History of Workshops

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Lawyers for Libraries workshops are open to licensed, practicing attorneys retained to represent or advise libraries on legal issues. Library trustees or board members who are responsible for establishing library policy may also attend. Librarians may attend if they are accompanied by a library attorney.

Lawyers for Libraries

In 1997 and 1998, OIF sponsored the Lawyers for Libraries Training Institutes, supported by the Alfred A. List Foundation. The Institutes trained attorneys on the applicability of First Amendment law to library policies, principles, and problems, focusing on such issues as mandatory Internet filtering, patron privacy, minors’ access to library materials, and developing community resources to deal with challenges to library materials. Over the course of the two workshops, nearly 100 lawyers received specialized instruction and advice on defending libraries and librarians against the forces of censorship. These lawyers in turn carried their expertise back to their communities, providing guidance to library trustees and administrators, and effectively representing their libraries in the courts and in the public square.

The need for local attorneys with the knowledge and skills necessary to defend the freedom to read continues unabated. When a legislator or citizen challenges library policies allowing open Internet access, or challenges the presence of a book on the library shelf, libraries must often depend on city attorneys or volunteer lawyers who have no specific legal expertise in First Amendment law, intellectual freedom principles, or their application to public libraries. Librarians and citizens organizing to resist a challenge often must seek assistance far outside their community. In one instance, a citizen’s group in Wichita Falls, Texas, relied on counsel residing in Dallas to fight a challenge to two children’s books on the shelf of the local library.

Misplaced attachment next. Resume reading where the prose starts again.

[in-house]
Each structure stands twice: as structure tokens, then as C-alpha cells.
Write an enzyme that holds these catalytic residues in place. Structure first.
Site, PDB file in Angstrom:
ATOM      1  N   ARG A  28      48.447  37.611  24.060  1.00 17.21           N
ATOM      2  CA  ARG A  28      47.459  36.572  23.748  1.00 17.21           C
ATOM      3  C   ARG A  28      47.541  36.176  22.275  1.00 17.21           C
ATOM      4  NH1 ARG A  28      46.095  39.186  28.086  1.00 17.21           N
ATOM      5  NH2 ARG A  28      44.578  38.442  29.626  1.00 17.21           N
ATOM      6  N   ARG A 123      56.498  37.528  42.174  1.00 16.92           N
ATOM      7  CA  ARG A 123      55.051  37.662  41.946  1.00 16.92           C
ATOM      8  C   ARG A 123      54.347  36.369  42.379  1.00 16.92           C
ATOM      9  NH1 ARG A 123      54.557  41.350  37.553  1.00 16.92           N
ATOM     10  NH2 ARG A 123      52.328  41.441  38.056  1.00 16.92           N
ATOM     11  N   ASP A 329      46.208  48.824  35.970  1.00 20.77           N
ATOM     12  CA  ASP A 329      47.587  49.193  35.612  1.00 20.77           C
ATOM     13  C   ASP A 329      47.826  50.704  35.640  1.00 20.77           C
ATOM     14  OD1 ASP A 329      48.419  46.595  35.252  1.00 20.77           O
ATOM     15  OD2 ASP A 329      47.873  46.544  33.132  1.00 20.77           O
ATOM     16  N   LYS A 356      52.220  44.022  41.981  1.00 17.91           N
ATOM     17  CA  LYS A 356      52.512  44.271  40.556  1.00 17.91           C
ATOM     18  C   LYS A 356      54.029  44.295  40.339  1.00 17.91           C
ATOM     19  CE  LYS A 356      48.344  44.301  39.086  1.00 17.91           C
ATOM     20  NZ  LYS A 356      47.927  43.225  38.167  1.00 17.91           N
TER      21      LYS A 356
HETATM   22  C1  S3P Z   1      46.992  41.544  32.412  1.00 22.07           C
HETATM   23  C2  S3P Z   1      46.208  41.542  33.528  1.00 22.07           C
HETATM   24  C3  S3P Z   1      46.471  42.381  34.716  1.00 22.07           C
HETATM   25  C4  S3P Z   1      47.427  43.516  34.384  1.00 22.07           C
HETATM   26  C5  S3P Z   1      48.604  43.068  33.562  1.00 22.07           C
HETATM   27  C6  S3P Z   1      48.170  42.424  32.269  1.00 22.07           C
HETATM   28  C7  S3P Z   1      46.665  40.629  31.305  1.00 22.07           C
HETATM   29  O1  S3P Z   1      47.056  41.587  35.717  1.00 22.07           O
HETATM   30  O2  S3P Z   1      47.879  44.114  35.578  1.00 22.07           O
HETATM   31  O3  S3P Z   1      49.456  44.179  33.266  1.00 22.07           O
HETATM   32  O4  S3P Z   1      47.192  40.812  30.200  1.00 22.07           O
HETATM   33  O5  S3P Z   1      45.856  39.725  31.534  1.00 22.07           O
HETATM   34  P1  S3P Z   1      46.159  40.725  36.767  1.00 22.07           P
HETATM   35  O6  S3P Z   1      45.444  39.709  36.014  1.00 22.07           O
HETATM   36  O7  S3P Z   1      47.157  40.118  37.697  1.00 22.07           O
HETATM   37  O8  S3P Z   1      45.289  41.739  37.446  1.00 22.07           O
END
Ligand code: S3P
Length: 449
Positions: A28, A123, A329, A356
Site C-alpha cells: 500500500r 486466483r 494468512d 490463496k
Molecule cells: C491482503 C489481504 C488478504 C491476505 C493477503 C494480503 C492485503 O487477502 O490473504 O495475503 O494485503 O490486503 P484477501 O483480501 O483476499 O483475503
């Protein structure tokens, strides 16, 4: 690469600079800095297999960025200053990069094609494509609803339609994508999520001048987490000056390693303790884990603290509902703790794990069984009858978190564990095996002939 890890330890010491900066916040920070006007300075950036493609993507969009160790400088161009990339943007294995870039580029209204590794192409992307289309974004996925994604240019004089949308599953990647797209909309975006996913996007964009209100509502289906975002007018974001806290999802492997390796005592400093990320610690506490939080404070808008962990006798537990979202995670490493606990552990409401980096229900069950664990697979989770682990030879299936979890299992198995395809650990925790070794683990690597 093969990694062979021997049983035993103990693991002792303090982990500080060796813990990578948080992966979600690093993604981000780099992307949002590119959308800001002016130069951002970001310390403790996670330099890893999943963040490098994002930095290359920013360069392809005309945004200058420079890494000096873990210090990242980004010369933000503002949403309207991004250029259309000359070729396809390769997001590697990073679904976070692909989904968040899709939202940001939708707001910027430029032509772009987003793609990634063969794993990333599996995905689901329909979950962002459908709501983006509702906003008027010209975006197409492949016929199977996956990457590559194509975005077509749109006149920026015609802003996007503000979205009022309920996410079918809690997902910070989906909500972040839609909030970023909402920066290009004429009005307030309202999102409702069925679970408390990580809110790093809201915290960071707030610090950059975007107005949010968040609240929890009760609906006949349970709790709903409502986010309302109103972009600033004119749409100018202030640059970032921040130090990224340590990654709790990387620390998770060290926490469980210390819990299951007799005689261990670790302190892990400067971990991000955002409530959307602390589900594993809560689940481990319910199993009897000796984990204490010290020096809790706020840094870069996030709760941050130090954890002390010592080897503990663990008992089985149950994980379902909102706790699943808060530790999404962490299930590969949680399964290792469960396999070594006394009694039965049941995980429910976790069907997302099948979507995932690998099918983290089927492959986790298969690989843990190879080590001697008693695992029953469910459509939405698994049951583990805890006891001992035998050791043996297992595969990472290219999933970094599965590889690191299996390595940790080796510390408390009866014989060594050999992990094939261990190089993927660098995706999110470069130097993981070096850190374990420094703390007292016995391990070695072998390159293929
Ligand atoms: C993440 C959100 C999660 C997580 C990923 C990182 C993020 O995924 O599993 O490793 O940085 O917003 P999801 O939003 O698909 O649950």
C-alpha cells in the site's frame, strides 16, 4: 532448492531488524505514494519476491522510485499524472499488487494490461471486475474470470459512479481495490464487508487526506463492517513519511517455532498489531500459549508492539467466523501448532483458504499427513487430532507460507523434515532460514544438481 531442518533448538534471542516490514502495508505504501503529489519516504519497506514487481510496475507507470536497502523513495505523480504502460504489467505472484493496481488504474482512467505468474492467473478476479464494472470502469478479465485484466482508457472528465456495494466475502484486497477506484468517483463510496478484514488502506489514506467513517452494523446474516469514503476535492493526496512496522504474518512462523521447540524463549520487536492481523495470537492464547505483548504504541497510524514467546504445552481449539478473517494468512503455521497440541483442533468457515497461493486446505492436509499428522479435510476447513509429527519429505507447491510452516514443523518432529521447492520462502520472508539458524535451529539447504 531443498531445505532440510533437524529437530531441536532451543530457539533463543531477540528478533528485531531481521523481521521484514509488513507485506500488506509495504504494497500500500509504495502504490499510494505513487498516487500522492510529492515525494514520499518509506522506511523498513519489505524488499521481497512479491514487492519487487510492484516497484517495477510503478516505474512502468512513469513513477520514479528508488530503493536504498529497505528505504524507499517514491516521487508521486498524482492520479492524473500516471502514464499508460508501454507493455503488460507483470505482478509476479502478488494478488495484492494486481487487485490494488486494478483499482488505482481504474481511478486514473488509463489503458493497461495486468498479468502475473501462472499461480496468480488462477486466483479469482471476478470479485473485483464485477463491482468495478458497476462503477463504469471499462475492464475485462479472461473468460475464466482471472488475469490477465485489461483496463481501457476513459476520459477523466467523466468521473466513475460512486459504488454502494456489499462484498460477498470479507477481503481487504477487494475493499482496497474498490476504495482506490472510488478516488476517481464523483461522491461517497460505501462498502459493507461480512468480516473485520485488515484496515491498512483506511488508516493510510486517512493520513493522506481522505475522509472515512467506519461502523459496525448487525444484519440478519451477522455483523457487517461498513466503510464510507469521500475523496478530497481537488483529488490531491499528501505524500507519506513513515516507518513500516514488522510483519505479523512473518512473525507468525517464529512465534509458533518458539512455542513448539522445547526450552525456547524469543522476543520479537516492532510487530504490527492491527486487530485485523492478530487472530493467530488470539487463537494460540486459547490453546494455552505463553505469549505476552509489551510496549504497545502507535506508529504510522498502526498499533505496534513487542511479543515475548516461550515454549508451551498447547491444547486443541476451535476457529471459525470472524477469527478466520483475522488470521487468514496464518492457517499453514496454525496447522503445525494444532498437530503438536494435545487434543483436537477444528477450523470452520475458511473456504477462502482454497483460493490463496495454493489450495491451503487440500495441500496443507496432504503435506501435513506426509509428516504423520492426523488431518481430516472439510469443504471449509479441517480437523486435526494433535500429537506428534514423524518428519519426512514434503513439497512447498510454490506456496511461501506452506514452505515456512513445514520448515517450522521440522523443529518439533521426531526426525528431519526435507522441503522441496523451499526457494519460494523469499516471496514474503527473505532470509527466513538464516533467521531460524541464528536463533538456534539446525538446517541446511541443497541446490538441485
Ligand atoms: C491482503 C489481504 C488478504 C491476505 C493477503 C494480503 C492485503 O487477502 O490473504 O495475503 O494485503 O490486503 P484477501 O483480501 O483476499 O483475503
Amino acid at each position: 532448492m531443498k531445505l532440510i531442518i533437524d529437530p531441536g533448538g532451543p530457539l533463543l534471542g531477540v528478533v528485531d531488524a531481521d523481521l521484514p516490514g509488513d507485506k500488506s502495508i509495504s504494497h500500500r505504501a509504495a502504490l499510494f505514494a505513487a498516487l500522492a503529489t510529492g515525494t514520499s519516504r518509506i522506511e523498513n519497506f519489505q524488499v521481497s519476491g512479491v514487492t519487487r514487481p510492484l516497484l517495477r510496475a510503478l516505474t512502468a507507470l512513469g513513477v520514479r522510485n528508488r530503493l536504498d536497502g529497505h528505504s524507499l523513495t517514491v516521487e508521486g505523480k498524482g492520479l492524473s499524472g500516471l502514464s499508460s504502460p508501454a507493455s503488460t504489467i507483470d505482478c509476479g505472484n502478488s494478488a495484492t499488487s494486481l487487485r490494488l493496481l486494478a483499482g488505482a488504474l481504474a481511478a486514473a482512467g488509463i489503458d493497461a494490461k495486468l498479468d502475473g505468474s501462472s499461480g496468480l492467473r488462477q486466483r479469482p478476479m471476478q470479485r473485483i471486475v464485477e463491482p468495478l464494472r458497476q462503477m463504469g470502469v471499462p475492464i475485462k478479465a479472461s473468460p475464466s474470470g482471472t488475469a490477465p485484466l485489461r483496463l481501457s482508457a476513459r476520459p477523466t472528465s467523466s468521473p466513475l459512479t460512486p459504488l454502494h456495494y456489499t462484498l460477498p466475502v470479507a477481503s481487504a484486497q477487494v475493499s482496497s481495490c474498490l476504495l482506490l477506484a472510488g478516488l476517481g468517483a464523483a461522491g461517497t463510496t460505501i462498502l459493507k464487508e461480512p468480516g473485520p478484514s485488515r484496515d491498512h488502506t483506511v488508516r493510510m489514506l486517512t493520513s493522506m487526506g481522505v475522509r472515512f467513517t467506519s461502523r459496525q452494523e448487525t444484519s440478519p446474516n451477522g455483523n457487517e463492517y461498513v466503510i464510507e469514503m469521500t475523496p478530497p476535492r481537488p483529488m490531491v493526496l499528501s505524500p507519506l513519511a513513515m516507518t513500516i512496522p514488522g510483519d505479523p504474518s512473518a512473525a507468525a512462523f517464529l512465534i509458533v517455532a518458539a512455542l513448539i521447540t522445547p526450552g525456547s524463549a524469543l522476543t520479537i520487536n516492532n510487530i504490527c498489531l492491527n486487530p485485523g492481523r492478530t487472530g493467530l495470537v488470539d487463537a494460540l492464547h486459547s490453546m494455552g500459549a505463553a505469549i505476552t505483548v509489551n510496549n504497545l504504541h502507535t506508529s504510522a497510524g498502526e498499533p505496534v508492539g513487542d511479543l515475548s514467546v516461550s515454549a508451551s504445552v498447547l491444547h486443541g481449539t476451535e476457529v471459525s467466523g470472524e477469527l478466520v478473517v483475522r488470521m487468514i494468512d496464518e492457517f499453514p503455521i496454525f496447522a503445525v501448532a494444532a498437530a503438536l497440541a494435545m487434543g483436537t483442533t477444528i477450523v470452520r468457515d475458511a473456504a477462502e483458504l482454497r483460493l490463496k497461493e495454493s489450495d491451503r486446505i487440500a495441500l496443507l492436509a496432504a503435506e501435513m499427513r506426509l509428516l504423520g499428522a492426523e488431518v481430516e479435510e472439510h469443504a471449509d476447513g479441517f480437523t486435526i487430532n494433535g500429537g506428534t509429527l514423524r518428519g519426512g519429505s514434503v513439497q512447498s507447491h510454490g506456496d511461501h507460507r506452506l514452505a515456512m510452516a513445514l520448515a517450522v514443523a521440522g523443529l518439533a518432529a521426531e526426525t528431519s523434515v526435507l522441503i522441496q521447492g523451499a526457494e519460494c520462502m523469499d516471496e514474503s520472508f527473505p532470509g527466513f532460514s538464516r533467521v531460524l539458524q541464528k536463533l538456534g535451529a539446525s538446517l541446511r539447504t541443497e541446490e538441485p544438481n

This dilemma is compounded by the tendency of public officials to give First Amendment concerns little priority in contrast to political or economic interests. Advocates for censorship are often vocal, sophisticated campaigners, who rely upon the battle cry “protect the children!” to advance their agenda. Skilled in the use of news media, they disseminate scare stories and misinformation concerning intellectual freedom issues (i.e., “minors have no First Amendment rights.”) Numerous libraries and library boards, without adequate counsel or support, often will compromise or comply with requests for censorship to avoid unwanted controversy or political consequences. Legislators, unwilling to risk any political consequences, pass laws restricting Internet content or limiting access to library materials.

Nothing exemplifies this trend more than the passage of the Children’s Internet Protection Act (CIPA) by Congress. Passed in direct response to the clamor from censorship advocates to “safeguard the children,” this federal law conditions the provision of vital funding for technology and Internet access on a public library’s agreement to install filters. As a result, local libraries dependent on federal funds to provide their patrons access to the Internet find themselves in a regulatory and financial nightmare, forced to abandon local Internet policies crafted by local citizens, parents, and library patrons in favor of hastily-devised federal plan that mandates the use of filtering software for all patrons regardless of age. Studies of such software show that the programs universally block access to constitutionally protected speech.